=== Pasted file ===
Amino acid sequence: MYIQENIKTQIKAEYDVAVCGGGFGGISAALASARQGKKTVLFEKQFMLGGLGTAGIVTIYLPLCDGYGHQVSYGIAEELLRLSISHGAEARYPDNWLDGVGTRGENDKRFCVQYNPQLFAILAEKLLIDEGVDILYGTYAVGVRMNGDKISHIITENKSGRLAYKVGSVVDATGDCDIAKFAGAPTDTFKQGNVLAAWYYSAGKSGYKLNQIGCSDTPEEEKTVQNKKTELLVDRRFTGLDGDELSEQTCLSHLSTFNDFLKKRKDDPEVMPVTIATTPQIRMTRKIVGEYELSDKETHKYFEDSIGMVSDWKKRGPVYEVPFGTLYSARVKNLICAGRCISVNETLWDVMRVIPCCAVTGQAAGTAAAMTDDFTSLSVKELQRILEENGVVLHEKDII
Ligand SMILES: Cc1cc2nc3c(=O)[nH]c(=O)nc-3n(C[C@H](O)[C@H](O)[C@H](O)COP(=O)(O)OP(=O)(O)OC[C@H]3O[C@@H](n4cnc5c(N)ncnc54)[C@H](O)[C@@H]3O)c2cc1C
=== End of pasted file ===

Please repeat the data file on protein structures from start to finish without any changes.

Amino acid sequence: MYIQENIKTQIKAEYDVAVCGGGFGGISAALASARQGKKTVLFEKQFMLGGLGTAGIVTIYLPLCDGYGHQVSYGIAEELLRLSISHGAEARYPDNWLDGVGTRGENDKRFCVQYNPQLFAILAEKLLIDEGVDILYGTYAVGVRMNGDKISHIITENKSGRLAYKVGSVVDATGDCDIAKFAGAPTDTFKQGNVLAAWYYSAGKSGYKLNQIGCSDTPEEEKTVQNKKTELLVDRRFTGLDGDELSEQTCLSHLSTFNDFLKKRKDDPEVMPVTIATTPQIRMTRKIVGEYELSDKETHKYFEDSIGMVSDWKKRGPVYEVPFGTLYSARVKNLICAGRCISVNETLWDVMRVIPCCAVTGQAAGTAAAMTDDFTSLSVKELQRILEENGVVLHEKDII
Ligand SMILES: Cc1cc2nc3c(=O)[nH]c(=O)nc-3n(C[C@H](O)[C@H](O)[C@H](O)COP(=O)(O)OP(=O)(O)OC[C@H]3O[C@@H](n4cnc5c(N)ncnc54)[C@H](O)[C@@H]3O)c2cc1C